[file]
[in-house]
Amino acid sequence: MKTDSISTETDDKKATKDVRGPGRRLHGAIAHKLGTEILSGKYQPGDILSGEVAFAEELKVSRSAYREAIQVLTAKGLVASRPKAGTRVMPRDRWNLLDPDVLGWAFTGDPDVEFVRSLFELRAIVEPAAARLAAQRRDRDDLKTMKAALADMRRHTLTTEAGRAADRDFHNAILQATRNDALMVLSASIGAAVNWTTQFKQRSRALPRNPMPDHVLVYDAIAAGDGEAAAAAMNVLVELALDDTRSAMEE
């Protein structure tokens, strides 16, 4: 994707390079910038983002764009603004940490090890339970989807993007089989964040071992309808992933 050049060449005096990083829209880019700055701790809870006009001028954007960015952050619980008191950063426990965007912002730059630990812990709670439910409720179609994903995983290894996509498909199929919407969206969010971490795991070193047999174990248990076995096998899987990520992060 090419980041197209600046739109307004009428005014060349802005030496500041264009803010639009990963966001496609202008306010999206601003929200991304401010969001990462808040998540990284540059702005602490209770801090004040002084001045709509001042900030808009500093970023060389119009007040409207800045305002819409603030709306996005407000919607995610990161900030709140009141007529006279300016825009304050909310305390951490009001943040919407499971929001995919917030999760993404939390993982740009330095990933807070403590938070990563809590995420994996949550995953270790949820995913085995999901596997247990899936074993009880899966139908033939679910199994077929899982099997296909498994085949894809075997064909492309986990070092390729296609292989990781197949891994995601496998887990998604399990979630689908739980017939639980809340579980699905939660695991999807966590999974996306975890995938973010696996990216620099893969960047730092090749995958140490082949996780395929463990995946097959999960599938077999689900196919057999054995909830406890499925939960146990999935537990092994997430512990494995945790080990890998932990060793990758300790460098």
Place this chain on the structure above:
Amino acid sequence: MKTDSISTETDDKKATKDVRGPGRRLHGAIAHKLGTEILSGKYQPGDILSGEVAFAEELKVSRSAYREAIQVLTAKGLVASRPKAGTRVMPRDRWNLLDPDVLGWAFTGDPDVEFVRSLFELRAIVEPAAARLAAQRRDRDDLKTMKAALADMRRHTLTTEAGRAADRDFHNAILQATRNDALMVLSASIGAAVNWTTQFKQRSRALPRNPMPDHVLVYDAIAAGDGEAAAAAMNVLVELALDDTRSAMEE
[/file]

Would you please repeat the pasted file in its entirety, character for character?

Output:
[in-house]
Amino acid sequence: MKTDSISTETDDKKATKDVRGPGRRLHGAIAHKLGTEILSGKYQPGDILSGEVAFAEELKVSRSAYREAIQVLTAKGLVASRPKAGTRVMPRDRWNLLDPDVLGWAFTGDPDVEFVRSLFELRAIVEPAAARLAAQRRDRDDLKTMKAALADMRRHTLTTEAGRAADRDFHNAILQATRNDALMVLSASIGAAVNWTTQFKQRSRALPRNPMPDHVLVYDAIAAGDGEAAAAAMNVLVELALDDTRSAMEE
């Protein structure tokens, strides 16, 4: 994707390079910038983002764009603004940490090890339970989807993007089989964040071992309808992933 050049060449005096990083829209880019700055701790809870006009001028954007960015952050619980008191950063426990965007912002730059630990812990709670439910409720179609994903995983290894996509498909199929919407969206969010971490795991070193047999174990248990076995096998899987990520992060 090419980041197209600046739109307004009428005014060349802005030496500041264009803010639009990963966001496609202008306010999206601003929200991304401010969001990462808040998540990284540059702005602490209770801090004040002084001045709509001042900030808009500093970023060389119009007040409207800045305002819409603030709306996005407000919607995610990161900030709140009141007529006279300016825009304050909310305390951490009001943040919407499971929001995919917030999760993404939390993982740009330095990933807070403590938070990563809590995420994996949550995953270790949820995913085995999901596997247990899936074993009880899966139908033939679910199994077929899982099997296909498994085949894809075997064909492309986990070092390729296609292989990781197949891994995601496998887990998604399990979630689908739980017939639980809340579980699905939660695991999807966590999974996306975890995938973010696996990216620099893969960047730092090749995958140490082949996780395929463990995946097959999960599938077999689900196919057999054995909830406890499925939960146990999935537990092994997430512990494995945790080990890998932990060793990758300790460098």
Place this chain on the structure above:
Amino acid sequence: MKTDSISTETDDKKATKDVRGPGRRLHGAIAHKLGTEILSGKYQPGDILSGEVAFAEELKVSRSAYREAIQVLTAKGLVASRPKAGTRVMPRDRWNLLDPDVLGWAFTGDPDVEFVRSLFELRAIVEPAAARLAAQRRDRDDLKTMKAALADMRRHTLTTEAGRAADRDFHNAILQATRNDALMVLSASIGAAVNWTTQFKQRSRALPRNPMPDHVLVYDAIAAGDGEAAAAAMNVLVELALDDTRSAMEE